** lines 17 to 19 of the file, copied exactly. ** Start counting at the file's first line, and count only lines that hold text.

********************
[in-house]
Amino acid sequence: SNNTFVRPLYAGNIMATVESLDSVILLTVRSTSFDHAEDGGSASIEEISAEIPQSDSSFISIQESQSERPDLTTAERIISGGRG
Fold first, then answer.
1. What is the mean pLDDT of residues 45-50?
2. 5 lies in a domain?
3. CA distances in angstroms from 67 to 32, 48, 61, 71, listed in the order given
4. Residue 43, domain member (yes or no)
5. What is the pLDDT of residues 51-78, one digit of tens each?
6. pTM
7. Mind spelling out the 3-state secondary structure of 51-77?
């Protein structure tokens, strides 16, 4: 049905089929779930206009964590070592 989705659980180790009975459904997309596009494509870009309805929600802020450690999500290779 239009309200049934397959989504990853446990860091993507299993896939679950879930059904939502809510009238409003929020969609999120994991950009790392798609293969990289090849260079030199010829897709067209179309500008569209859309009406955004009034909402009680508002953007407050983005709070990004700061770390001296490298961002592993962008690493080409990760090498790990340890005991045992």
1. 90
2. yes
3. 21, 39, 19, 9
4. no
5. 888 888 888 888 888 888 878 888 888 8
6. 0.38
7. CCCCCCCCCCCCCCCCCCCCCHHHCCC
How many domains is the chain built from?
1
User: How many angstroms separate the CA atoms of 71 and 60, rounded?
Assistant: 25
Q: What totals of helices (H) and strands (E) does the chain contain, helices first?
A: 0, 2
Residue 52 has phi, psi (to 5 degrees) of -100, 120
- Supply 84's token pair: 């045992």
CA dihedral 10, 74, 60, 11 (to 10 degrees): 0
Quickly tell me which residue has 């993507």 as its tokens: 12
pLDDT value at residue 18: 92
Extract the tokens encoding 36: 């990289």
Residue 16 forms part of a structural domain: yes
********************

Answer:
6. 0.38
7. CCCCCCCCCCCCCCCCCCCCCHHHCCC
How many domains is the chain built from?